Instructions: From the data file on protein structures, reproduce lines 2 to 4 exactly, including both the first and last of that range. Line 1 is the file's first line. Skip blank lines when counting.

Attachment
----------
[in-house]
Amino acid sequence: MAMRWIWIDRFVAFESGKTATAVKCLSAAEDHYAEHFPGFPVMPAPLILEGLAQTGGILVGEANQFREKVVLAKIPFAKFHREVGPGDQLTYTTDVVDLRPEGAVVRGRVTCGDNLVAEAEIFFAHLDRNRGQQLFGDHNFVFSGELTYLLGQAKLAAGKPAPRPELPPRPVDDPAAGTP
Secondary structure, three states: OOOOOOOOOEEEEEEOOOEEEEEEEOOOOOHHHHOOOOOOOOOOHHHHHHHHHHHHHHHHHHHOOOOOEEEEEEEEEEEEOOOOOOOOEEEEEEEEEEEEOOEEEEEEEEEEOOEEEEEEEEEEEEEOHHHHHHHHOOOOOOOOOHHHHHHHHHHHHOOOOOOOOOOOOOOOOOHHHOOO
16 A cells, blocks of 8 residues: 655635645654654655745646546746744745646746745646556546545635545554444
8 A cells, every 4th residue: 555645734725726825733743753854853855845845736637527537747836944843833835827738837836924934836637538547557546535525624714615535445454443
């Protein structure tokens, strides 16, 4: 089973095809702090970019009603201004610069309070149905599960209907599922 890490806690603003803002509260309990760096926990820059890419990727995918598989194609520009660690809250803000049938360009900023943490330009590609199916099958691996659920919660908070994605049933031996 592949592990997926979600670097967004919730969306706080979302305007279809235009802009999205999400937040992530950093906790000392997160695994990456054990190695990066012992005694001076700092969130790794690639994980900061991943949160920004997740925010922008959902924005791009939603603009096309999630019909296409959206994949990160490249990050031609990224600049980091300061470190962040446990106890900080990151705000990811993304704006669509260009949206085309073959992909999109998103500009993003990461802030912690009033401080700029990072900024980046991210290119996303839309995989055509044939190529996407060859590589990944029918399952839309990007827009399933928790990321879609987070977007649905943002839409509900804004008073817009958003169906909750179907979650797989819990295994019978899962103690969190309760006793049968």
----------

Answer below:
Amino acid sequence: MAMRWIWIDRFVAFESGKTATAVKCLSAAEDHYAEHFPGFPVMPAPLILEGLAQTGGILVGEANQFREKVVLAKIPFAKFHREVGPGDQLTYTTDVVDLRPEGAVVRGRVTCGDNLVAEAEIFFAHLDRNRGQQLFGDHNFVFSGELTYLLGQAKLAAGKPAPRPELPPRPVDDPAAGTP
Secondary structure, three states: OOOOOOOOOEEEEEEOOOEEEEEEEOOOOOHHHHOOOOOOOOOOHHHHHHHHHHHHHHHHHHHOOOOOEEEEEEEEEEEEOOOOOOOOEEEEEEEEEEEEOOEEEEEEEEEEOOEEEEEEEEEEEEEOHHHHHHHHOOOOOOOOOHHHHHHHHHHHHOOOOOOOOOOOOOOOOOHHHOOO
16 A cells, blocks of 8 residues: 655635645654654655745646546746744745646746745646556546545635545554444